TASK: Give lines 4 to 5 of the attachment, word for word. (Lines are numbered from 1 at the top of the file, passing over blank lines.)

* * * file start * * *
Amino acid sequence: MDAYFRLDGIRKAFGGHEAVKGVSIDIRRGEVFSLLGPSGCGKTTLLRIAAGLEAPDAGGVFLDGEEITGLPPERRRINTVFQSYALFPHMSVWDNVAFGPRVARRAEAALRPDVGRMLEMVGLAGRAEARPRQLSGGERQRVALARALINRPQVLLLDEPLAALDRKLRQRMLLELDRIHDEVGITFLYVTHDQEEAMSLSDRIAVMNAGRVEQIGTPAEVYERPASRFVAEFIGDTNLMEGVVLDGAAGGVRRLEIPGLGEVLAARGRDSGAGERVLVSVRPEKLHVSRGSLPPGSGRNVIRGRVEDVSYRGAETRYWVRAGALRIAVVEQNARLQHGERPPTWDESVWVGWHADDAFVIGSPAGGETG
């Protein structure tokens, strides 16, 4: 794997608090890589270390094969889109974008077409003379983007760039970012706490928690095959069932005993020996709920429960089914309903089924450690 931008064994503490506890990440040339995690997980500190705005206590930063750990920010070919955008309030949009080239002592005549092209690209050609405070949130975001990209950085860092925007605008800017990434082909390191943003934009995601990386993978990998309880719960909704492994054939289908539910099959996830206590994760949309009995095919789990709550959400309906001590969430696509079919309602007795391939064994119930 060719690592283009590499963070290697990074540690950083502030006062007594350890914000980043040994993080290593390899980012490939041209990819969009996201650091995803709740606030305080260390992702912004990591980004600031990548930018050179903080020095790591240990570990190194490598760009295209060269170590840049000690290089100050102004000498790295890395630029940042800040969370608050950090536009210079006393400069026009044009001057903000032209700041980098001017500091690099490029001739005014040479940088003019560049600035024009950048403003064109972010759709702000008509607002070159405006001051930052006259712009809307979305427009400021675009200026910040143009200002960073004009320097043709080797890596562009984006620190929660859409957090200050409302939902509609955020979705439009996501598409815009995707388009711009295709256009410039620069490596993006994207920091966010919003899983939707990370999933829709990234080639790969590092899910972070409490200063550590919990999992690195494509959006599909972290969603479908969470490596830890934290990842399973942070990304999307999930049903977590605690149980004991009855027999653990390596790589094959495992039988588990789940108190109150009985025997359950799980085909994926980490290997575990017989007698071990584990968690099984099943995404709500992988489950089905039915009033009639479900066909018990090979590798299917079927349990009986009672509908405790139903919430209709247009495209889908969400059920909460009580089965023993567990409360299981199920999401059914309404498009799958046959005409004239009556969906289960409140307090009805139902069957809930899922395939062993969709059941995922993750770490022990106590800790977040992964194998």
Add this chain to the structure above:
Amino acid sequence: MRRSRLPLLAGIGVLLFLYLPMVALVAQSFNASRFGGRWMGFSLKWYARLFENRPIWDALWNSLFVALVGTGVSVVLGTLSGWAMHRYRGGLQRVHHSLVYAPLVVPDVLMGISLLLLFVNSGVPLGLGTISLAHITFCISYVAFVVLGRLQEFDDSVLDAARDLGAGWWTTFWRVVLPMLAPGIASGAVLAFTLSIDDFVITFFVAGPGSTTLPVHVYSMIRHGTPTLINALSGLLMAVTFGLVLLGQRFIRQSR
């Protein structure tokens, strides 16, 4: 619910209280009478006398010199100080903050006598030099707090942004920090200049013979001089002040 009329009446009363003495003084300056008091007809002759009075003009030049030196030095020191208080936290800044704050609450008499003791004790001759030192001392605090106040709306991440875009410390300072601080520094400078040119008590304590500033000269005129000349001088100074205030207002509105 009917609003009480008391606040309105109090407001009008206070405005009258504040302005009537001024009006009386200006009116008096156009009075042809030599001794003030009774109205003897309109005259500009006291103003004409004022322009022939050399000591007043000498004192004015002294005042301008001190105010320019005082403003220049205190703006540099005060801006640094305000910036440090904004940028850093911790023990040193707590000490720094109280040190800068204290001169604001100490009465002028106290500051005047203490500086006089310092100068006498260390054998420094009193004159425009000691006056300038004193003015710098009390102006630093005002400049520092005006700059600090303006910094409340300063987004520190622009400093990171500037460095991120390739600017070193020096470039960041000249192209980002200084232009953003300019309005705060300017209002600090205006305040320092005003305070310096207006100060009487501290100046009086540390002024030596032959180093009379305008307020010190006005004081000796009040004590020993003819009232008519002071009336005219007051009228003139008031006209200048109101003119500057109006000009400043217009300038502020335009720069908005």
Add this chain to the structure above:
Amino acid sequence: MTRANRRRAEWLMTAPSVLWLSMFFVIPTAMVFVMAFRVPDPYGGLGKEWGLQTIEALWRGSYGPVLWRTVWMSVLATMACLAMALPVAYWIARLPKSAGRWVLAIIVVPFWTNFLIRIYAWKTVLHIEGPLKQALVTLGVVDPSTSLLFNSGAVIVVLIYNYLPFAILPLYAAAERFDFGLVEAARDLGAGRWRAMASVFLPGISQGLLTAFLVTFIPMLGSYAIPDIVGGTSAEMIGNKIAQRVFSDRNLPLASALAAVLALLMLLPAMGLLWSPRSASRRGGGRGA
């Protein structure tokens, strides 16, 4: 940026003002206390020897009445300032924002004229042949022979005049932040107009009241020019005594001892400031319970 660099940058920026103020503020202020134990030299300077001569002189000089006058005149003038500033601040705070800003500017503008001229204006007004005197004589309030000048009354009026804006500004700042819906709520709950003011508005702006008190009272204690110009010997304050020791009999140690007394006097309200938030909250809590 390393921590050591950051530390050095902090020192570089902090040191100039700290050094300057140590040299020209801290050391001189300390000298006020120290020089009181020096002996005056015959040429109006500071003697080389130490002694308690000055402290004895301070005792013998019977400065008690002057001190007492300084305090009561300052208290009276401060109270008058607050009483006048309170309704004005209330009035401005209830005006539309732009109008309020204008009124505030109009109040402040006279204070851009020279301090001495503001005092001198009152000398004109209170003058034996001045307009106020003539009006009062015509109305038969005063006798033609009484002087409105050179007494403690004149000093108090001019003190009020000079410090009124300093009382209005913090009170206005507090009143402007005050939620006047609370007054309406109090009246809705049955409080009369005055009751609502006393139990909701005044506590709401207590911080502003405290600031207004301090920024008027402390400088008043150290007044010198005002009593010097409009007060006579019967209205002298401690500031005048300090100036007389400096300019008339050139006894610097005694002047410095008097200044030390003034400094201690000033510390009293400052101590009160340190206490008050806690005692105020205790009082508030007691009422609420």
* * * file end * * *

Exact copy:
Amino acid sequence: MRRSRLPLLAGIGVLLFLYLPMVALVAQSFNASRFGGRWMGFSLKWYARLFENRPIWDALWNSLFVALVGTGVSVVLGTLSGWAMHRYRGGLQRVHHSLVYAPLVVPDVLMGISLLLLFVNSGVPLGLGTISLAHITFCISYVAFVVLGRLQEFDDSVLDAARDLGAGWWTTFWRVVLPMLAPGIASGAVLAFTLSIDDFVITFFVAGPGSTTLPVHVYSMIRHGTPTLINALSGLLMAVTFGLVLLGQRFIRQSR
């Protein structure tokens, strides 16, 4: 619910209280009478006398010199100080903050006598030099707090942004920090200049013979001089002040 009329009446009363003495003084300056008091007809002759009075003009030049030196030095020191208080936290800044704050609450008499003791004790001759030192001392605090106040709306991440875009410390300072601080520094400078040119008590304590500033000269005129000349001088100074205030207002509105 009917609003009480008391606040309105109090407001009008206070405005009258504040302005009537001024009006009386200006009116008096156009009075042809030599001794003030009774109205003897309109005259500009006291103003004409004022322009022939050399000591007043000498004192004015002294005042301008001190105010320019005082403003220049205190703006540099005060801006640094305000910036440090904004940028850093911790023990040193707590000490720094109280040190800068204290001169604001100490009465002028106290500051005047203490500086006089310092100068006498260390054998420094009193004159425009000691006056300038004193003015710098009390102006630093005002400049520092005006700059600090303006910094409340300063987004520190622009400093990171500037460095991120390739600017070193020096470039960041000249192209980002200084232009953003300019309005705060300017209002600090205006305040320092005003305070310096207006100060009487501290100046009086540390002024030596032959180093009379305008307020010190006005004081000796009040004590020993003819009232008519002071009336005219007051009228003139008031006209200048109101003119500057109006000009400043217009300038502020335009720069908005």